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Why injuries may have been a blessing for UFC up-and-comer Ryan LaFlare

Ryan LaFlare

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Ryan LaFlare, 30, has been fighting professionally for nearly six years. (Getty Images)

Ryan LaFlare heartily laughs off a suggestion that he's a great athlete.

This from a guy who is undefeated as a professional mixed martial arts fighter, who was a high school and collegiate wrestling champion and who briefly considered turning professional as a lacrosse player after starring in college.

Yeah, no doubt, the poor guy was born with no athletic genes whatsoever.

"I wouldn't go so far as saying I'm so athletic, because to me, athleticism comes through hard work," said LaFlare, who will face John Howard in a welterweight bout Friday at UFC Fight Night in Abu Dhabi. "I work as hard as I can and I push my body to the limit.

"God-given talent is only going to take you so far. It's not going to give you that extra push when you need it in the third round."

LaFlare, 30, has been fighting professionally for nearly six years, having turned pro on June 27, 2008, in Atlantic City, N.J., on a Ring of Combat card. But for all of his success, he didn't make it to the UFC until last year.

He missed all of 2011 and 2012 because of a series of significant injuries that made him wonder whether he'd ever be able to reach his dreams. He opened a gym, Long Island MMA, while he was sidelined and it accounted for most of his income.

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Ryan LaFlare, right, says he improved his technique while he wasn't able to fight. (Getty Images)

It was frustrating, though, for him to go to his beautiful new facility and see others preparing for fights and not being able to do so himself.

But LaFlare is one of the few athletes who say good came from serious injuries to his knee and his wrist, even though they cost him more than two years of his career.

"I think the injuries are the best thing that happened to me," he said. "I really got a chance to study the sport and learn it at a different level. When I was fighting, I was going at it so hard, I was just pushing, pushing, pushing and was killing my body, basically just using my athleticism to fight. I didn't have as much technique. But when I was hurt, I really had to settle down and learn the techniques, because my body wouldn't let me go as crazy as I did when I was younger.

"I got to take those two years and learn a lot about the sport and learn jiu-jitsu. I got my purple belt in jiu-jitsu. When my knee was messed up, I got to work on my boxing a lot. When my wrist was messed up, I got to work on my kicks a lot. So when I came back, I came back as a lot smarter fighter."

He laughed out loud when he was asked if he's physically at 100 percent. LaFlare has sacrificed his body for his athletic dreams for years, and as a professional fighter, there is no such thing as 100 percent healthy.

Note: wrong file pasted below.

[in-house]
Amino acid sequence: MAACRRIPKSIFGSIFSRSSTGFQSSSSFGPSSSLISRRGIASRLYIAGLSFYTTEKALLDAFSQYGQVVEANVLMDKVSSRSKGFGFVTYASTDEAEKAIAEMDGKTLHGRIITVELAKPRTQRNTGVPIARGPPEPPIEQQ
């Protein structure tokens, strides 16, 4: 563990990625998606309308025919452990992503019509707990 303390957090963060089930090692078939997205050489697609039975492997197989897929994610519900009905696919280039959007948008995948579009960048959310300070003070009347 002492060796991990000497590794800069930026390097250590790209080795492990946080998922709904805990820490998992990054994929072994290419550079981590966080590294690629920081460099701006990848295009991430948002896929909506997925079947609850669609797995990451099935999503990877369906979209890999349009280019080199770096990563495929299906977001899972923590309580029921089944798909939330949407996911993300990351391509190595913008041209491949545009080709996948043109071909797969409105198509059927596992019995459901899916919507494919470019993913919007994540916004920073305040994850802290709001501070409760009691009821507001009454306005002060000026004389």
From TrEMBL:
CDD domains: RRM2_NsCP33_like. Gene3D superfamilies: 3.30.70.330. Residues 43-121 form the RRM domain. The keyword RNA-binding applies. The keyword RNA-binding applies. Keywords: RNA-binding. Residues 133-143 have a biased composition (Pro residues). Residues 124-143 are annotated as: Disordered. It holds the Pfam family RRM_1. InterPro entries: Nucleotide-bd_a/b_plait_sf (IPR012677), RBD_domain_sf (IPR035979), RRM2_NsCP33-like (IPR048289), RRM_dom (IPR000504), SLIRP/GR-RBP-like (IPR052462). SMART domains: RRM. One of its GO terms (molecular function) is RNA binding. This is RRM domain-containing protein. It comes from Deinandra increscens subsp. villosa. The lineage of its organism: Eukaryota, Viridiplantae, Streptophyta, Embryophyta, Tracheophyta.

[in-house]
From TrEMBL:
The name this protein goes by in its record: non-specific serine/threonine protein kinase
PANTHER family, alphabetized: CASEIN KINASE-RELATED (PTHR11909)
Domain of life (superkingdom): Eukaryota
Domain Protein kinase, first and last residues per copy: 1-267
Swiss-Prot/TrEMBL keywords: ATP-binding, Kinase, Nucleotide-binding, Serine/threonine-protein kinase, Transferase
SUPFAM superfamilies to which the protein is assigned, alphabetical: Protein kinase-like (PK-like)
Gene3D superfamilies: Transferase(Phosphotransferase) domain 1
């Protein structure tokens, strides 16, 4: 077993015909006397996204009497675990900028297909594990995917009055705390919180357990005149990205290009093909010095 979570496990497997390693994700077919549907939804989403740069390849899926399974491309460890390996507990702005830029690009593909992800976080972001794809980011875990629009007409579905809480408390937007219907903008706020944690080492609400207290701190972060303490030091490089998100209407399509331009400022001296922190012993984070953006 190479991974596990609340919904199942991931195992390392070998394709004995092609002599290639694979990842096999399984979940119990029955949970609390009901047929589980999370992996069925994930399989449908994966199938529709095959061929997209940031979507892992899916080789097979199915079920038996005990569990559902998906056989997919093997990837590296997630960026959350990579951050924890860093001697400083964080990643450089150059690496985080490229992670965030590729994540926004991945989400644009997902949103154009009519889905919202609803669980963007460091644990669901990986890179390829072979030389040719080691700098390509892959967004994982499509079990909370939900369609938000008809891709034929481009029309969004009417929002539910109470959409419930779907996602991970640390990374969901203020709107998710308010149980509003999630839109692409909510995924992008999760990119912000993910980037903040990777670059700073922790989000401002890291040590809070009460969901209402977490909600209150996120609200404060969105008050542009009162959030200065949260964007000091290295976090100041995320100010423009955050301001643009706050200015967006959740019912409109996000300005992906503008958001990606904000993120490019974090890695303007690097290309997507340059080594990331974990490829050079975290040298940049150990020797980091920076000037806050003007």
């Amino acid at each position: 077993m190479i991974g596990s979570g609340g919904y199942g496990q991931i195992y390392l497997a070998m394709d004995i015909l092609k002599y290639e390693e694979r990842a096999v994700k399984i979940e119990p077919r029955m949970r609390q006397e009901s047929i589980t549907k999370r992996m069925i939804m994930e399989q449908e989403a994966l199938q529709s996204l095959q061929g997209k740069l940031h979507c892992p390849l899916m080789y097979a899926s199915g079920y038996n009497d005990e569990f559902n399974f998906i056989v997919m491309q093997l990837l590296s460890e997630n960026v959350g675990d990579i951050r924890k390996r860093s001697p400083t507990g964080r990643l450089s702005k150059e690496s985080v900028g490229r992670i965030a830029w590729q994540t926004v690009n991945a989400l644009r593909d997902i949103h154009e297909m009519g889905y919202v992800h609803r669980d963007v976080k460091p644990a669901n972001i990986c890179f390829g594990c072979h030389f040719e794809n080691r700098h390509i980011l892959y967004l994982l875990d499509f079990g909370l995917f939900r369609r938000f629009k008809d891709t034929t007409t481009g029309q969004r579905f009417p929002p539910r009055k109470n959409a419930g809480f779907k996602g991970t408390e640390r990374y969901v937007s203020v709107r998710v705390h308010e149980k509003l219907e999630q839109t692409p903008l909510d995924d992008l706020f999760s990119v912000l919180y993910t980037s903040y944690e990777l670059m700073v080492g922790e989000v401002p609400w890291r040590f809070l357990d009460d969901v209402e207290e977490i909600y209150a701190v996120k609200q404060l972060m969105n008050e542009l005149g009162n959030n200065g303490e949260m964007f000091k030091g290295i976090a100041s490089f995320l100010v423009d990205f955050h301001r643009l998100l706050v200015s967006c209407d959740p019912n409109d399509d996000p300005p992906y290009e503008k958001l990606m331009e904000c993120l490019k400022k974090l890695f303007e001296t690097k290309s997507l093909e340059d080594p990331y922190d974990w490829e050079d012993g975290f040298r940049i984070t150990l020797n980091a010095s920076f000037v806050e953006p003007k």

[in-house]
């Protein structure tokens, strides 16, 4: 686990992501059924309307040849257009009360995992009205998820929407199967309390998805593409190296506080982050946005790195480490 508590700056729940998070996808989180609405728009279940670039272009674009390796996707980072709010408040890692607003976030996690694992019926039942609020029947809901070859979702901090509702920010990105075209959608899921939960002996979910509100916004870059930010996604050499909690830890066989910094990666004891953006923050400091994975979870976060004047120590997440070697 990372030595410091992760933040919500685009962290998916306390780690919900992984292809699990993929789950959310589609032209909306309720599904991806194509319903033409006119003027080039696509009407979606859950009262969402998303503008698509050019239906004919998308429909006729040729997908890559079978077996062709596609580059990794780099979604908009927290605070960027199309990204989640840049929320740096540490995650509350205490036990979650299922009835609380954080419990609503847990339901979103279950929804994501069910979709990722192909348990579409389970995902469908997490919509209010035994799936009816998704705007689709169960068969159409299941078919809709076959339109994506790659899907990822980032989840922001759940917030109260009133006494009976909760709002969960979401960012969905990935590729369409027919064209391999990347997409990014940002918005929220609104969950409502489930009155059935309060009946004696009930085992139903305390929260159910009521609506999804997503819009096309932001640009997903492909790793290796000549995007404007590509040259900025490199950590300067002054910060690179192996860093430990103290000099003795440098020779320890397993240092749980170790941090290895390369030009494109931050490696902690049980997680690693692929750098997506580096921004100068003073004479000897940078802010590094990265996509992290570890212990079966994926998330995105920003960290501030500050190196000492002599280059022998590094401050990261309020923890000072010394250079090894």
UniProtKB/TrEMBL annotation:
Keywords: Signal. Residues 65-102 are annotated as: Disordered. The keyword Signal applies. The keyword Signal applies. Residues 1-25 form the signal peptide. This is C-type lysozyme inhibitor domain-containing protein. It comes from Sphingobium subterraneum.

Some days are better than others and LaFlare, like most fighters, makes do with what he has on a given day.

It's one of the hazards of his career choice, but no one wants to hear about injuries when the bell rings. He's judged, as his peers are, by what he does when the bell rings, and injuries aren't part of the equation.

"I've accepted a long time ago that my body is never going to be 100 percent," LaFlare said. "That's just a part of this. My way of dealing with that is to take one fight at a time and put everything I have into that one fight."

He knows a time may come when his body will no longer allow him to do the things he wants to do.

Before he hit the big time, he wondered if he'd ever make it. He wasn't concerned because of a lack of confidence in his body, but rather because he wasn't sure if his body would hold up.

"It's surprising how my career has gone," LaFlare said. "I started off 6-0 and I had the six fights relatively quickly, and then I just got plagued by injuries. I tore ligaments in my [right] wrist and I only was able to squeeze 30 pounds of pressure. In my left, I was able to squeeze 140 pounds. I had a 30-, maybe 40-pound squeeze in my right hand.

"I knew if I wanted to fight in the UFC against the best guys in the world, that wasn't going to cut it. I had to get my wrist fixed. My wrist got fixed, I signed with Strikeforce and as soon as I signed, I tore my ACL [in my knee] and that put me out another year."

He isn't putting any extra pressure on himself for his bout with Howard, even though he's been extraordinarily impressive in his three previous UFC fights and garnered the attention of the UFC brass.

All he wants is to be able to perform as well as he can Friday.

"I don't look at one fight as more important than the next, because the next fight is always the most important one," LaFlare said. "You're only as good as your last performance. This is a tough business and we're at the top level fighting the best guys in the world, so you have to be able to answer the bell each time out. There are no easy fights once you reach this point.

"The UFC is going to continue to test me with different types of fighters and it's up to me to step up."

And he'd be one of the few fighters to tell you he's more prepared for that step up because of his injuries.

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